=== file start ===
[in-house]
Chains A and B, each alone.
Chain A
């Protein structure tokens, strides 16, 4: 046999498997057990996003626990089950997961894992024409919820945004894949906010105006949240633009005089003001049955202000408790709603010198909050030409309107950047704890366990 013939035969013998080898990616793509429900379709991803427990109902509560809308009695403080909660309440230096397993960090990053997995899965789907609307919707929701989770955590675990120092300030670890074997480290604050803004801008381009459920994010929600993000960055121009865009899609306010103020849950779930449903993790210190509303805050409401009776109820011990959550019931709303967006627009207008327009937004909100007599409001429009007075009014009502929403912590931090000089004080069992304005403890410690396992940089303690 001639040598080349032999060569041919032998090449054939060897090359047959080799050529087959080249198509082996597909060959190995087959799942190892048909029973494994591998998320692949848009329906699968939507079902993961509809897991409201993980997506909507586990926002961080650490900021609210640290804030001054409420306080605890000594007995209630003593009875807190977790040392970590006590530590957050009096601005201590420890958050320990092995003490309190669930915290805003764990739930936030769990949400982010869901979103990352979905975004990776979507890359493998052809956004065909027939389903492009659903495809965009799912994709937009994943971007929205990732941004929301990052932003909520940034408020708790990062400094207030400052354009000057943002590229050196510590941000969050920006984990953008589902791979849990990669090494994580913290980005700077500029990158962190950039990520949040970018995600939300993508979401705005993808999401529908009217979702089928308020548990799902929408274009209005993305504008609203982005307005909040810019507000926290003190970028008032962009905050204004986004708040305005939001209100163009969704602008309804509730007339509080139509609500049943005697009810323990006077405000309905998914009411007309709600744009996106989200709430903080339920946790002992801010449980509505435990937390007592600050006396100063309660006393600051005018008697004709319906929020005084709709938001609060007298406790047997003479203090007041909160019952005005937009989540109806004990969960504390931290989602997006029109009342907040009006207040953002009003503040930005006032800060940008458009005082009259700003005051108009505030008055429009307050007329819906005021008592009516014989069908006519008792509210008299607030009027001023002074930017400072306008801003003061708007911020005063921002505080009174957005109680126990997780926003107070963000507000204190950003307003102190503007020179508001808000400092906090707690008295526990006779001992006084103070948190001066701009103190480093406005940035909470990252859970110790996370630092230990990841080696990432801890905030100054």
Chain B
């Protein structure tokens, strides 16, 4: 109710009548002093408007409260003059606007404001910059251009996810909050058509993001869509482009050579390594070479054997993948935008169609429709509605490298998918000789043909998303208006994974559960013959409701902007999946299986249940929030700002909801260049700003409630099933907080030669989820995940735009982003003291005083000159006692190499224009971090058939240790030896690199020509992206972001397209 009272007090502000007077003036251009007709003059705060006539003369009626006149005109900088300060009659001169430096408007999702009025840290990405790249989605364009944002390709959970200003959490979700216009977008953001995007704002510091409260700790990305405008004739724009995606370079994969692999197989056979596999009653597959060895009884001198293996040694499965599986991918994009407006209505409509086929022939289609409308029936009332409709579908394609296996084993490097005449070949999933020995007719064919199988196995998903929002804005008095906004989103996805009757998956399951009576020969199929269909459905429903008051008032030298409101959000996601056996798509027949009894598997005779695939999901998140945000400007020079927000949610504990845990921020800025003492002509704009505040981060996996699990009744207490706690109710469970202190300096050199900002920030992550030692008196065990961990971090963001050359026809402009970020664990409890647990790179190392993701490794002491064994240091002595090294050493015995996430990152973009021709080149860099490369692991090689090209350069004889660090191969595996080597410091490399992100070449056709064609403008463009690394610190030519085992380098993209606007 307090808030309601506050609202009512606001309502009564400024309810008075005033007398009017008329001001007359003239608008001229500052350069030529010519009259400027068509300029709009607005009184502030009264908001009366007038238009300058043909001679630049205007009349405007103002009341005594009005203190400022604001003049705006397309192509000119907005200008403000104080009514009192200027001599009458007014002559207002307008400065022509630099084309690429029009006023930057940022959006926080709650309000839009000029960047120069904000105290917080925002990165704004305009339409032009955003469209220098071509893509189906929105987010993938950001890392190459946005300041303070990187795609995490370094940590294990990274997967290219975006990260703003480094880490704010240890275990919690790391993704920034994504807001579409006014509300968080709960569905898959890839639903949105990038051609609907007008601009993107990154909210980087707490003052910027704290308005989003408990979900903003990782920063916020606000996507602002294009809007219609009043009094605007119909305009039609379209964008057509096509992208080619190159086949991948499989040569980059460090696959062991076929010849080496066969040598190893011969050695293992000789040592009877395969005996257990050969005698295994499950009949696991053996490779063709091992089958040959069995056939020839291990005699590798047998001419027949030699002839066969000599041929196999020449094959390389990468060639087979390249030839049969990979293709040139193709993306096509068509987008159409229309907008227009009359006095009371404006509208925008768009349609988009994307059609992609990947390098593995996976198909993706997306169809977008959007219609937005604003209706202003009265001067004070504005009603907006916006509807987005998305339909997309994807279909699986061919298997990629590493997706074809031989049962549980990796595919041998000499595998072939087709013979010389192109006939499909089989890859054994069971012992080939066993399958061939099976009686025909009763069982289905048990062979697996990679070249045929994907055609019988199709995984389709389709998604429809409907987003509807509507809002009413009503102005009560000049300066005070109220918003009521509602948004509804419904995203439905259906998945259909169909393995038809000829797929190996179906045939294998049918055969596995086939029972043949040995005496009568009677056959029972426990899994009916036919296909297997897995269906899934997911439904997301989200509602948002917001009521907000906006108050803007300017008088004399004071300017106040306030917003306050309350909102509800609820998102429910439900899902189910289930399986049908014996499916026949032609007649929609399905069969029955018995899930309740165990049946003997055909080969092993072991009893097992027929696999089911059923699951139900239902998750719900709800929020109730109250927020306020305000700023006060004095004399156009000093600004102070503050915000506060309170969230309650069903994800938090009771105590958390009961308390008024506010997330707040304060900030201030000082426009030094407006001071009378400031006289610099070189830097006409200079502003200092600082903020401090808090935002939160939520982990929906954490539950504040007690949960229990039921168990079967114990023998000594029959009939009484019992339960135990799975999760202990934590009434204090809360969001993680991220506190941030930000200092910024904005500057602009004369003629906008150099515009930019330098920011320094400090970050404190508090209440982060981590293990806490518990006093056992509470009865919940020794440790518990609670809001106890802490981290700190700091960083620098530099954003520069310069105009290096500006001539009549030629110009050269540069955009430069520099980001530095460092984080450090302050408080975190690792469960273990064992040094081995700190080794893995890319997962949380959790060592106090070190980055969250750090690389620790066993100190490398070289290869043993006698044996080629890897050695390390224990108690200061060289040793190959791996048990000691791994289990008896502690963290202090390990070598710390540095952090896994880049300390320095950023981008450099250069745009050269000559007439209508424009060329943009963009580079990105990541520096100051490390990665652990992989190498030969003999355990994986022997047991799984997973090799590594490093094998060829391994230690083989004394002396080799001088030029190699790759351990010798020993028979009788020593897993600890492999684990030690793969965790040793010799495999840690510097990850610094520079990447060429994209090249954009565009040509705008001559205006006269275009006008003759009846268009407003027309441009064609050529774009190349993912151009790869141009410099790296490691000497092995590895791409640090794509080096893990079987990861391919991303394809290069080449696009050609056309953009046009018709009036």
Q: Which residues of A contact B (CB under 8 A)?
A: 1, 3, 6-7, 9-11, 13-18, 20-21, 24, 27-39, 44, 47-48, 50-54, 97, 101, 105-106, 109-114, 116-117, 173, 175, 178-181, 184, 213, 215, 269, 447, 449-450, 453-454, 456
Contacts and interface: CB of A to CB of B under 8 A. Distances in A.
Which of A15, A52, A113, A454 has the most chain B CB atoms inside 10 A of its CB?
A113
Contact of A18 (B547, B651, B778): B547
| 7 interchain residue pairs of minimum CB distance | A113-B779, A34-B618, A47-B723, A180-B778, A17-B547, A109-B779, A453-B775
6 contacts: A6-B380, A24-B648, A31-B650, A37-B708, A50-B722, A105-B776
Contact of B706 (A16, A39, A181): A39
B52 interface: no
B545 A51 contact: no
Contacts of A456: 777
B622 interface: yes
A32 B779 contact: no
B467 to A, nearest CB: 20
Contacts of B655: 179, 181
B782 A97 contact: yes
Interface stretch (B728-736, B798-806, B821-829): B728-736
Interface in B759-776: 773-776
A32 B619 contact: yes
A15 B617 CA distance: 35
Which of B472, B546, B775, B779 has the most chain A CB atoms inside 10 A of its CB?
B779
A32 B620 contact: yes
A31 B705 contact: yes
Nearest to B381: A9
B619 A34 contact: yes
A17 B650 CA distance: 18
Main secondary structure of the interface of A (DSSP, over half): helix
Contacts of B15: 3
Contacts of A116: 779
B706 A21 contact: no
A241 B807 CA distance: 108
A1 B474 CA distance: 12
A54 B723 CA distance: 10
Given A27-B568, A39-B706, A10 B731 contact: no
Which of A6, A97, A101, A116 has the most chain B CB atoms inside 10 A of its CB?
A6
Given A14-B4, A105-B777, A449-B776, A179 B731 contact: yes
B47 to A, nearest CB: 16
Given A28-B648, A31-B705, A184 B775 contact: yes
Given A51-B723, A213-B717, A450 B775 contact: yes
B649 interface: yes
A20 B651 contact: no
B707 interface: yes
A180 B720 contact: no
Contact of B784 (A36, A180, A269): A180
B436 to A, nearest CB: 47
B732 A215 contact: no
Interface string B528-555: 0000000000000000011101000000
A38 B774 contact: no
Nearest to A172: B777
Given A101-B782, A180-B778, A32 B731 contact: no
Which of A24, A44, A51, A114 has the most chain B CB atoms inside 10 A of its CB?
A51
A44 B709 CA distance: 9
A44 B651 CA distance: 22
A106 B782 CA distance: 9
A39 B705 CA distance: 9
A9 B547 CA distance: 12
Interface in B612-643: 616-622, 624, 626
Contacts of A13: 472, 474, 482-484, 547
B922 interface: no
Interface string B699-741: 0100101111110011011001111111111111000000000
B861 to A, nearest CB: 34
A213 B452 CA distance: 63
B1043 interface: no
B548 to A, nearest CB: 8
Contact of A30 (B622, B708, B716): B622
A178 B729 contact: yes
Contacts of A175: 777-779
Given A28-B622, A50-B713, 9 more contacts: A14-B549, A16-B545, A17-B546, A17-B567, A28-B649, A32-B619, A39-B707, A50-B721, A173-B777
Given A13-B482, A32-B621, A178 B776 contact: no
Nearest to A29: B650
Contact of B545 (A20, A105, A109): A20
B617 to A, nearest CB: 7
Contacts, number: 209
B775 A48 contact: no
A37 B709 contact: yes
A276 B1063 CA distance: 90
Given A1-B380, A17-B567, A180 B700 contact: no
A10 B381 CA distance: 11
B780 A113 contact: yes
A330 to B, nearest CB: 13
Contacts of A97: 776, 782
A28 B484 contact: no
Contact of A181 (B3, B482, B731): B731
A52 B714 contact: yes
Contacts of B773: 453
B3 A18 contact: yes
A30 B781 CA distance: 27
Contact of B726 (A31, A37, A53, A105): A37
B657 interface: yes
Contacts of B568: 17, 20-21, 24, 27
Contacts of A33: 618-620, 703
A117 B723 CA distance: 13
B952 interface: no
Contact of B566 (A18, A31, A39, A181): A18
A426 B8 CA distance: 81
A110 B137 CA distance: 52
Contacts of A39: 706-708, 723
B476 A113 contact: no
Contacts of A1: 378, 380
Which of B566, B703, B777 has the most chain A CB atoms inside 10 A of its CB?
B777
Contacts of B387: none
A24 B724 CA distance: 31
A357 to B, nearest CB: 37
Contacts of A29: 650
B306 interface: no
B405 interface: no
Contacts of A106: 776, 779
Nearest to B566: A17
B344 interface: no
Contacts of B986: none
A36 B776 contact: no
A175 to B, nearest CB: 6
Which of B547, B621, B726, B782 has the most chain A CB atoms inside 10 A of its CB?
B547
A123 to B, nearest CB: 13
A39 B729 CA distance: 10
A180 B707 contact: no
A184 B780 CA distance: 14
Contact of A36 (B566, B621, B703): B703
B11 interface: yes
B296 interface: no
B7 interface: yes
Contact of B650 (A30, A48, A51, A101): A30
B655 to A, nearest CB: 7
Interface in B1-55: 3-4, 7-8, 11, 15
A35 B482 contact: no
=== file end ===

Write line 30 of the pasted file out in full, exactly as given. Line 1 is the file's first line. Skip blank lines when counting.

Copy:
A32 B620 contact: yes